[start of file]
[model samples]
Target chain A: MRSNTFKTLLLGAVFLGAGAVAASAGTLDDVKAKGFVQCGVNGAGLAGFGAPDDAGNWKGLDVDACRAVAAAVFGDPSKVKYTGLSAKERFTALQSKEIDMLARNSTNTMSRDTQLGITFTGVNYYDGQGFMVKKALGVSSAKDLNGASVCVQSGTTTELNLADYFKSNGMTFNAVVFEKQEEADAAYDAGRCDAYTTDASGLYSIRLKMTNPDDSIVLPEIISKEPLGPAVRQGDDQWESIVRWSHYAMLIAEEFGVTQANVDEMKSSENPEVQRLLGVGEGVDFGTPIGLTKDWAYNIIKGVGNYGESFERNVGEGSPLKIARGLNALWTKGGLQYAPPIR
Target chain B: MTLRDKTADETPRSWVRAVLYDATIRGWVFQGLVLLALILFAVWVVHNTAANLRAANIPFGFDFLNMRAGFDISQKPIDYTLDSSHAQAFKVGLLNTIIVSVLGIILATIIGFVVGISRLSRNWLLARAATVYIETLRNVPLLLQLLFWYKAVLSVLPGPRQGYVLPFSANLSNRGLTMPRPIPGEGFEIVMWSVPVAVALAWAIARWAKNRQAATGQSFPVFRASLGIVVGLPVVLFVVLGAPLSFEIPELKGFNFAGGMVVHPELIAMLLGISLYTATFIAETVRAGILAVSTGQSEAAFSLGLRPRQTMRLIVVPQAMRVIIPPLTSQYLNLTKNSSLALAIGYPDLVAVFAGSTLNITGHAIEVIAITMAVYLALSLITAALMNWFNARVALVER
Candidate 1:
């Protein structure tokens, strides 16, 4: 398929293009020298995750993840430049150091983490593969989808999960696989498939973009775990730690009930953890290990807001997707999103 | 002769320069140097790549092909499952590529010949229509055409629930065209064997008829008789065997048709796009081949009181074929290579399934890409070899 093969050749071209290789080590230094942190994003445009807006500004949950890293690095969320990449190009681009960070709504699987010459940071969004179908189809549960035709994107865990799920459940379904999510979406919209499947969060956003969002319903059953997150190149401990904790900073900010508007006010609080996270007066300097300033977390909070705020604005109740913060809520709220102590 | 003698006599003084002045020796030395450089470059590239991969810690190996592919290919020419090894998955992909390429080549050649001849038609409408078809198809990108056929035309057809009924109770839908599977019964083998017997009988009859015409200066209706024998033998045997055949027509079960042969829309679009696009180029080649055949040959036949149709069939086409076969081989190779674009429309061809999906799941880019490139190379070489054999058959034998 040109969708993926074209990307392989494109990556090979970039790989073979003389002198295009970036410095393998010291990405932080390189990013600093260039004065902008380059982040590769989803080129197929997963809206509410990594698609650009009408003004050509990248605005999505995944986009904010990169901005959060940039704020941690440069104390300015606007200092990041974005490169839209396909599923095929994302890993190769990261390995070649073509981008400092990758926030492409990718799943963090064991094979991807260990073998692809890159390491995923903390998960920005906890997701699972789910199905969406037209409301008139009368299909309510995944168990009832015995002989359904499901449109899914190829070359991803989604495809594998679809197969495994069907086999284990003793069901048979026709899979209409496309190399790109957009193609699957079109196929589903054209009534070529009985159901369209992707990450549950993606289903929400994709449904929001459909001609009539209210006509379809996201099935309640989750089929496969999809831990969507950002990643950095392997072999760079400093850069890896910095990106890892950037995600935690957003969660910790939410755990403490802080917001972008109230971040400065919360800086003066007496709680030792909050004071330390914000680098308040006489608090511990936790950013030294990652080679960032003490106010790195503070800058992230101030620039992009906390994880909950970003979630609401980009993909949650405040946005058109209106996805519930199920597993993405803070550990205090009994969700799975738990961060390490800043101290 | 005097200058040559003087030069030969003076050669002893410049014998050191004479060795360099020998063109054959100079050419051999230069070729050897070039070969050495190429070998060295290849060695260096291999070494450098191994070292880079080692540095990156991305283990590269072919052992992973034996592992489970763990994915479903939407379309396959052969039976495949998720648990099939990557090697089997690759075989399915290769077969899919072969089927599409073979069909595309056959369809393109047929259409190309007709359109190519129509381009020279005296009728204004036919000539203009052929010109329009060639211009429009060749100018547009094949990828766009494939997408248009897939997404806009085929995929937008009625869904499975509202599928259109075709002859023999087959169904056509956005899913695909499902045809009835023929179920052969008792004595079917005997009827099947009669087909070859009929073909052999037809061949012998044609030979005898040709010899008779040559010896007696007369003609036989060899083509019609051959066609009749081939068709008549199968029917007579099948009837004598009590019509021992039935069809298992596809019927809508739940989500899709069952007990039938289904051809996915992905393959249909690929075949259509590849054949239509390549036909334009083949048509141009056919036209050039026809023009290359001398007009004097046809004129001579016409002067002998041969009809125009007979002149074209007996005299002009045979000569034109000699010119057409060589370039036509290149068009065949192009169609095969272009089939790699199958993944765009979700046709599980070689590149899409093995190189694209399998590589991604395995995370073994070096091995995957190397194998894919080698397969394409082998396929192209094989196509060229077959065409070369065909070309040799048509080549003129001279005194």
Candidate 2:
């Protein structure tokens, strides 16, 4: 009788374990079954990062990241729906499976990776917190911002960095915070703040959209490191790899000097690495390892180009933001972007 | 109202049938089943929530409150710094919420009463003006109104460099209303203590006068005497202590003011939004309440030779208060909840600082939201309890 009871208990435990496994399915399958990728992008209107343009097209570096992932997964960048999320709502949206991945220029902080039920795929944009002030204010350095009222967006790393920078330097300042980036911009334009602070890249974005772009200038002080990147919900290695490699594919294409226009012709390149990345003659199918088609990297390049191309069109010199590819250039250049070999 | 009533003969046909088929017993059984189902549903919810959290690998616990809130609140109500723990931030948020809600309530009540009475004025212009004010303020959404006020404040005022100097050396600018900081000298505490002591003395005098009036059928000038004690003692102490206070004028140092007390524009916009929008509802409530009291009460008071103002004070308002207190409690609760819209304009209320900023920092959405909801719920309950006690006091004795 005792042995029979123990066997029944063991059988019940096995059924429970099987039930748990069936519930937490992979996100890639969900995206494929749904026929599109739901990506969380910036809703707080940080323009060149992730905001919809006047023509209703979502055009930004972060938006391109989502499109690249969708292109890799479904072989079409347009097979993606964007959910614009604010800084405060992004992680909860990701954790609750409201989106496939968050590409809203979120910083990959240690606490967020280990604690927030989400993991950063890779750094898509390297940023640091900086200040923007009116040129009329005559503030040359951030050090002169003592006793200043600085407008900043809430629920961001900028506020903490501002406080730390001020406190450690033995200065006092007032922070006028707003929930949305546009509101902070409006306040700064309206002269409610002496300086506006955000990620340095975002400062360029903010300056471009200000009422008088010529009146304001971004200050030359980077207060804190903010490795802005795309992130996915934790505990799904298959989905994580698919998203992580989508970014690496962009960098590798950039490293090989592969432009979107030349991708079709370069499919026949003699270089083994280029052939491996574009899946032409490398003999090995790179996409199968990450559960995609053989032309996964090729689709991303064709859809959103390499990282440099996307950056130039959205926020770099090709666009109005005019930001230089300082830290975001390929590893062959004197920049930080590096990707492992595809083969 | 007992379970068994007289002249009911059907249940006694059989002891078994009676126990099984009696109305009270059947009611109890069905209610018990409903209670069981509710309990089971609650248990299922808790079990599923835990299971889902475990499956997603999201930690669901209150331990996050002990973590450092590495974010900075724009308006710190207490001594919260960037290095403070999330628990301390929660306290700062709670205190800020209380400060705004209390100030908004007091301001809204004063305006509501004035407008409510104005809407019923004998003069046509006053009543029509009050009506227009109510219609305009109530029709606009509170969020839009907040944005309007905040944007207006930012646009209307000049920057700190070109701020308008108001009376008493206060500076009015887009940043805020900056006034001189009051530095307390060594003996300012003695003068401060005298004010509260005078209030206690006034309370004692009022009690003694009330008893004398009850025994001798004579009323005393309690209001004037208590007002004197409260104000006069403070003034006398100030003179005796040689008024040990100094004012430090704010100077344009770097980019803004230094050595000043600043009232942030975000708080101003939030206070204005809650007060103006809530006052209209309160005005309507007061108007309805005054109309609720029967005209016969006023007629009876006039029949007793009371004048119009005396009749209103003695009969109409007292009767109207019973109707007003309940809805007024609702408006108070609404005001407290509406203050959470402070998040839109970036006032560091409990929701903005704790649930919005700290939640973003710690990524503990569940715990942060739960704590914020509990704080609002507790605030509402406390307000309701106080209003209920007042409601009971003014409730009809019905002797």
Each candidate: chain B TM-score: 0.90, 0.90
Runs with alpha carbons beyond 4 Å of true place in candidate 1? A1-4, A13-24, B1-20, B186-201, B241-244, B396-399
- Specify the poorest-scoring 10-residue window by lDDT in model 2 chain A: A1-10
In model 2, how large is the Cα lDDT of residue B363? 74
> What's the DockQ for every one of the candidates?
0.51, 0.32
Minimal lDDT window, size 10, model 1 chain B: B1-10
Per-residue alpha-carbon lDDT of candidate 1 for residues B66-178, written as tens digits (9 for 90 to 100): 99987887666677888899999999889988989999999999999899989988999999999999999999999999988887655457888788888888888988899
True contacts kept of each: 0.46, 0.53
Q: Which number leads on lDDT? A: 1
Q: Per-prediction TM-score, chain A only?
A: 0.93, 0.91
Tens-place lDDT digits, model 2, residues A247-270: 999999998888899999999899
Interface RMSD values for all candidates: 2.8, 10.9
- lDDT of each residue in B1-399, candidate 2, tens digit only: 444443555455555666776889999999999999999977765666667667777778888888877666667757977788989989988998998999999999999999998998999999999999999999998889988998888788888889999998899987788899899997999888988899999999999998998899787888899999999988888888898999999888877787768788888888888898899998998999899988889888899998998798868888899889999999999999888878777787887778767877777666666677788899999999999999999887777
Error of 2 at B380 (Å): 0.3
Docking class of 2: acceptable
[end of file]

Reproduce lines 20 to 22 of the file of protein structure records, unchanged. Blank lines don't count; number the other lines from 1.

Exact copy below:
Tens-place lDDT digits, model 2, residues A247-270: 999999998888899999999899
Interface RMSD values for all candidates: 2.8, 10.9
- lDDT of each residue in B1-399, candidate 2, tens digit only: 444443555455555666776889999999999999999977765666667667777778888888877666667757977788989989988998998999999999999999998998999999999999999999998889988998888788888889999998899987788899899997999888988899999999999998998899787888899999999988888888898999999888877787768788888888888898899998998999899988889888899998998798868888899889999999999999888878777787887778767877777666666677788899999999999999999887777